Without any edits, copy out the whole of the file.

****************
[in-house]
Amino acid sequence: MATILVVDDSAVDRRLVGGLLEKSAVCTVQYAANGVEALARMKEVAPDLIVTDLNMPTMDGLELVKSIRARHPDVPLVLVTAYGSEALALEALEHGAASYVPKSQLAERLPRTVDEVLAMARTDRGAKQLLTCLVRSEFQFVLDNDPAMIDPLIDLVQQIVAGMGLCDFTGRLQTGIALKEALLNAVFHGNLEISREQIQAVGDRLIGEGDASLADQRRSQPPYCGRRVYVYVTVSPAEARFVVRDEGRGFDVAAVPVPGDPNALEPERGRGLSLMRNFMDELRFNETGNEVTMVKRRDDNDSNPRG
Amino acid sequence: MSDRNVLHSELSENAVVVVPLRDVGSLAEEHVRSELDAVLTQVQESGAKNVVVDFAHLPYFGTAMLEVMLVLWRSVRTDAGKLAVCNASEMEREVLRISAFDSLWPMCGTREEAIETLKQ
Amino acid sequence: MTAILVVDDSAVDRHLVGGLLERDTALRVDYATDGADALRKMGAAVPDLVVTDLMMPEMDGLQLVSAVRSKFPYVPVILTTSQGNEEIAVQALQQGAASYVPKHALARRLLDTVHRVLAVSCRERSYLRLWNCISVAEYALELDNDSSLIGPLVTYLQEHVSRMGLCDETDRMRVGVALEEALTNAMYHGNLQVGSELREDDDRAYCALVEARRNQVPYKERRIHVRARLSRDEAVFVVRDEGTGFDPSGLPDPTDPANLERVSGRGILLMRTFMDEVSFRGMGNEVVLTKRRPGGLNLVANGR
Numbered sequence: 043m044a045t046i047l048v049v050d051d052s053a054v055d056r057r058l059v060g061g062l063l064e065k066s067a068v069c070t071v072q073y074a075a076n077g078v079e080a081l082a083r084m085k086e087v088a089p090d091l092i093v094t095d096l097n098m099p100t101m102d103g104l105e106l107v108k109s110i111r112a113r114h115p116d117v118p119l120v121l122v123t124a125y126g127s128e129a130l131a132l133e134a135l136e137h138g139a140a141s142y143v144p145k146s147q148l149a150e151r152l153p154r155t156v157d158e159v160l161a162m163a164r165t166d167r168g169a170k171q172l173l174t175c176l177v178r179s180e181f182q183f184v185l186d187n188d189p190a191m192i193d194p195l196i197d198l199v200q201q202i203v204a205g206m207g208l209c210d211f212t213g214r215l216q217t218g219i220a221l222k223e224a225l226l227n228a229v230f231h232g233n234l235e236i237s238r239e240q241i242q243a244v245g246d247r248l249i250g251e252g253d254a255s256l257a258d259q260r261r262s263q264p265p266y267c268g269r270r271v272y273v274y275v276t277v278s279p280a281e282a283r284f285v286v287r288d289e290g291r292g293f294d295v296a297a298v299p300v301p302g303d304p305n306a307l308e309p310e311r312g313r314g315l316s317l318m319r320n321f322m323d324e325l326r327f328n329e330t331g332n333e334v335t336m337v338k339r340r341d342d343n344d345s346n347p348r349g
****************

[in-house]
Amino acid sequence: MATILVVDDSAVDRRLVGGLLEKSAVCTVQYAANGVEALARMKEVAPDLIVTDLNMPTMDGLELVKSIRARHPDVPLVLVTAYGSEALALEALEHGAASYVPKSQLAERLPRTVDEVLAMARTDRGAKQLLTCLVRSEFQFVLDNDPAMIDPLIDLVQQIVAGMGLCDFTGRLQTGIALKEALLNAVFHGNLEISREQIQAVGDRLIGEGDASLADQRRSQPPYCGRRVYVYVTVSPAEARFVVRDEGRGFDVAAVPVPGDPNALEPERGRGLSLMRNFMDELRFNETGNEVTMVKRRDDNDSNPRG
Amino acid sequence: MSDRNVLHSELSENAVVVVPLRDVGSLAEEHVRSELDAVLTQVQESGAKNVVVDFAHLPYFGTAMLEVMLVLWRSVRTDAGKLAVCNASEMEREVLRISAFDSLWPMCGTREEAIETLKQ
Amino acid sequence: MTAILVVDDSAVDRHLVGGLLERDTALRVDYATDGADALRKMGAAVPDLVVTDLMMPEMDGLQLVSAVRSKFPYVPVILTTSQGNEEIAVQALQQGAASYVPKHALARRLLDTVHRVLAVSCRERSYLRLWNCISVAEYALELDNDSSLIGPLVTYLQEHVSRMGLCDETDRMRVGVALEEALTNAMYHGNLQVGSELREDDDRAYCALVEARRNQVPYKERRIHVRARLSRDEAVFVVRDEGTGFDPSGLPDPTDPANLERVSGRGILLMRTFMDEVSFRGMGNEVVLTKRRPGGLNLVANGR
Numbered sequence: 043m044a045t046i047l048v049v050d051d052s053a054v055d056r057r058l059v060g061g062l063l064e065k066s067a068v069c070t071v072q073y074a075a076n077g078v079e080a081l082a083r084m085k086e087v088a089p090d091l092i093v094t095d096l097n098m099p100t101m102d103g104l105e106l107v108k109s110i111r112a113r114h115p116d117v118p119l120v121l122v123t124a125y126g127s128e129a130l131a132l133e134a135l136e137h138g139a140a141s142y143v144p145k146s147q148l149a150e151r152l153p154r155t156v157d158e159v160l161a162m163a164r165t166d167r168g169a170k171q172l173l174t175c176l177v178r179s180e181f182q183f184v185l186d187n188d189p190a191m192i193d194p195l196i197d198l199v200q201q202i203v204a205g206m207g208l209c210d211f212t213g214r215l216q217t218g219i220a221l222k223e224a225l226l227n228a229v230f231h232g233n234l235e236i237s238r239e240q241i242q243a244v245g246d247r248l249i250g251e252g253d254a255s256l257a258d259q260r261r262s263q264p265p266y267c268g269r270r271v272y273v274y275v276t277v278s279p280a281e282a283r284f285v286v287r288d289e290g291r292g293f294d295v296a297a298v299p300v301p302g303d304p305n306a307l308e309p310e311r312g313r314g315l316s317l318m319r320n321f322m323d324e325l326r327f328n329e330t331g332n333e334v335t336m337v338k339r340r341d342d343n344d345s346n347p348r349g